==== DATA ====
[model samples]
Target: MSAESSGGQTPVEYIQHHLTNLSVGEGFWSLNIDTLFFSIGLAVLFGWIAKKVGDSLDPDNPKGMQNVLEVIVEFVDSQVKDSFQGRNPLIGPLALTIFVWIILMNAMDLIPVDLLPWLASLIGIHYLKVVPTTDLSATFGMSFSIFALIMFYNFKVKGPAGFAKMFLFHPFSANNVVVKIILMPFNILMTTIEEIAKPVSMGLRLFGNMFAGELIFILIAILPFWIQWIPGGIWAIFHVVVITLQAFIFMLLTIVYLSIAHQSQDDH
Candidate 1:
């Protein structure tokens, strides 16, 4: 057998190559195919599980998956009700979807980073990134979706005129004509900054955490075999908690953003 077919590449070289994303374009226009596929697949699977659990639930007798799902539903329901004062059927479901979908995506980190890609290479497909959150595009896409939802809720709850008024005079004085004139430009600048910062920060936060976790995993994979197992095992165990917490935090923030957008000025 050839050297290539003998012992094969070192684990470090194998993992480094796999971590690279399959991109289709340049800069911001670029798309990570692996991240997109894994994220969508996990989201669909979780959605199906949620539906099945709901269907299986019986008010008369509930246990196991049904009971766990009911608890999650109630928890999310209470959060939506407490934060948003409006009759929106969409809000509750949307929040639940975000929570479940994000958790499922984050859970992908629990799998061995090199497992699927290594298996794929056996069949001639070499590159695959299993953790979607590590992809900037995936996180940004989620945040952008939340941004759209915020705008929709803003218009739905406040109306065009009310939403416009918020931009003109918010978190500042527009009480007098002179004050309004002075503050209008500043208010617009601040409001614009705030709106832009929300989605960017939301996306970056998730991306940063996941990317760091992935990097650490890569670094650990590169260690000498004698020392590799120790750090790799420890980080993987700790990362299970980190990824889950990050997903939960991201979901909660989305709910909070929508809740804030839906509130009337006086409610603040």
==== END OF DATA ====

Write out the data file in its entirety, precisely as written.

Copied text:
[model samples]
Target: MSAESSGGQTPVEYIQHHLTNLSVGEGFWSLNIDTLFFSIGLAVLFGWIAKKVGDSLDPDNPKGMQNVLEVIVEFVDSQVKDSFQGRNPLIGPLALTIFVWIILMNAMDLIPVDLLPWLASLIGIHYLKVVPTTDLSATFGMSFSIFALIMFYNFKVKGPAGFAKMFLFHPFSANNVVVKIILMPFNILMTTIEEIAKPVSMGLRLFGNMFAGELIFILIAILPFWIQWIPGGIWAIFHVVVITLQAFIFMLLTIVYLSIAHQSQDDH
Candidate 1:
């Protein structure tokens, strides 16, 4: 057998190559195919599980998956009700979807980073990134979706005129004509900054955490075999908690953003 077919590449070289994303374009226009596929697949699977659990639930007798799902539903329901004062059927479901979908995506980190890609290479497909959150595009896409939802809720709850008024005079004085004139430009600048910062920060936060976790995993994979197992095992165990917490935090923030957008000025 050839050297290539003998012992094969070192684990470090194998993992480094796999971590690279399959991109289709340049800069911001670029798309990570692996991240997109894994994220969508996990989201669909979780959605199906949620539906099945709901269907299986019986008010008369509930246990196991049904009971766990009911608890999650109630928890999310209470959060939506407490934060948003409006009759929106969409809000509750949307929040639940975000929570479940994000958790499922984050859970992908629990799998061995090199497992699927290594298996794929056996069949001639070499590159695959299993953790979607590590992809900037995936996180940004989620945040952008939340941004759209915020705008929709803003218009739905406040109306065009009310939403416009918020931009003109918010978190500042527009009480007098002179004050309004002075503050209008500043208010617009601040409001614009705030709106832009929300989605960017939301996306970056998730991306940063996941990317760091992935990097650490890569670094650990590169260690000498004698020392590799120790750090790799420890980080993987700790990362299970980190990824889950990050997903939960991201979901909660989305709910909070929508809740804030839906509130009337006086409610603040």